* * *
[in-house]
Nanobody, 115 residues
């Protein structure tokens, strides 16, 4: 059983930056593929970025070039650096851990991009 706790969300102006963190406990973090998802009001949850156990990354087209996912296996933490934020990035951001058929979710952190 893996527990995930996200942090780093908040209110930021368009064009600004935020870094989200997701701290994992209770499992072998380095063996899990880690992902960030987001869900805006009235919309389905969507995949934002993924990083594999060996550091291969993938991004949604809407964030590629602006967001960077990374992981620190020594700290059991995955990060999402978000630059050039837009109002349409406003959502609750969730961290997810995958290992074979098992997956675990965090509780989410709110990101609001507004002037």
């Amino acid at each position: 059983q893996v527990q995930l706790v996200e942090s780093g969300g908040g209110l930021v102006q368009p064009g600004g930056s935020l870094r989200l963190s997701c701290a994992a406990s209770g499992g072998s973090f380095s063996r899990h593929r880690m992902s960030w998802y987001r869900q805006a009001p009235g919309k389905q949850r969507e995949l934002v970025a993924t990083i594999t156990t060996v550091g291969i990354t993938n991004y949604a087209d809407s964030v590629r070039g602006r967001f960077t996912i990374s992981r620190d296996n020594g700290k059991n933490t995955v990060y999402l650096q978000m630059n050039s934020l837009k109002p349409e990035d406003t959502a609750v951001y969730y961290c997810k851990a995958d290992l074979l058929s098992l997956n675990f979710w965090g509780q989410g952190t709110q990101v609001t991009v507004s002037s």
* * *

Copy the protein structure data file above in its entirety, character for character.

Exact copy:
[in-house]
Nanobody, 115 residues
């Protein structure tokens, strides 16, 4: 059983930056593929970025070039650096851990991009 706790969300102006963190406990973090998802009001949850156990990354087209996912296996933490934020990035951001058929979710952190 893996527990995930996200942090780093908040209110930021368009064009600004935020870094989200997701701290994992209770499992072998380095063996899990880690992902960030987001869900805006009235919309389905969507995949934002993924990083594999060996550091291969993938991004949604809407964030590629602006967001960077990374992981620190020594700290059991995955990060999402978000630059050039837009109002349409406003959502609750969730961290997810995958290992074979098992997956675990965090509780989410709110990101609001507004002037």
């Amino acid at each position: 059983q893996v527990q995930l706790v996200e942090s780093g969300g908040g209110l930021v102006q368009p064009g600004g930056s935020l870094r989200l963190s997701c701290a994992a406990s209770g499992g072998s973090f380095s063996r899990h593929r880690m992902s960030w998802y987001r869900q805006a009001p009235g919309k389905q949850r969507e995949l934002v970025a993924t990083i594999t156990t060996v550091g291969i990354t993938n991004y949604a087209d809407s964030v590629r070039g602006r967001f960077t996912i990374s992981r620190d296996n020594g700290k059991n933490t995955v990060y999402l650096q978000m630059n050039s934020l837009k109002p349409e990035d406003t959502a609750v951001y969730y961290c997810k851990a995958d290992l074979l058929s098992l997956n675990f979710w965090g509780q989410g952190t709110q990101v609001t991009v507004s002037s």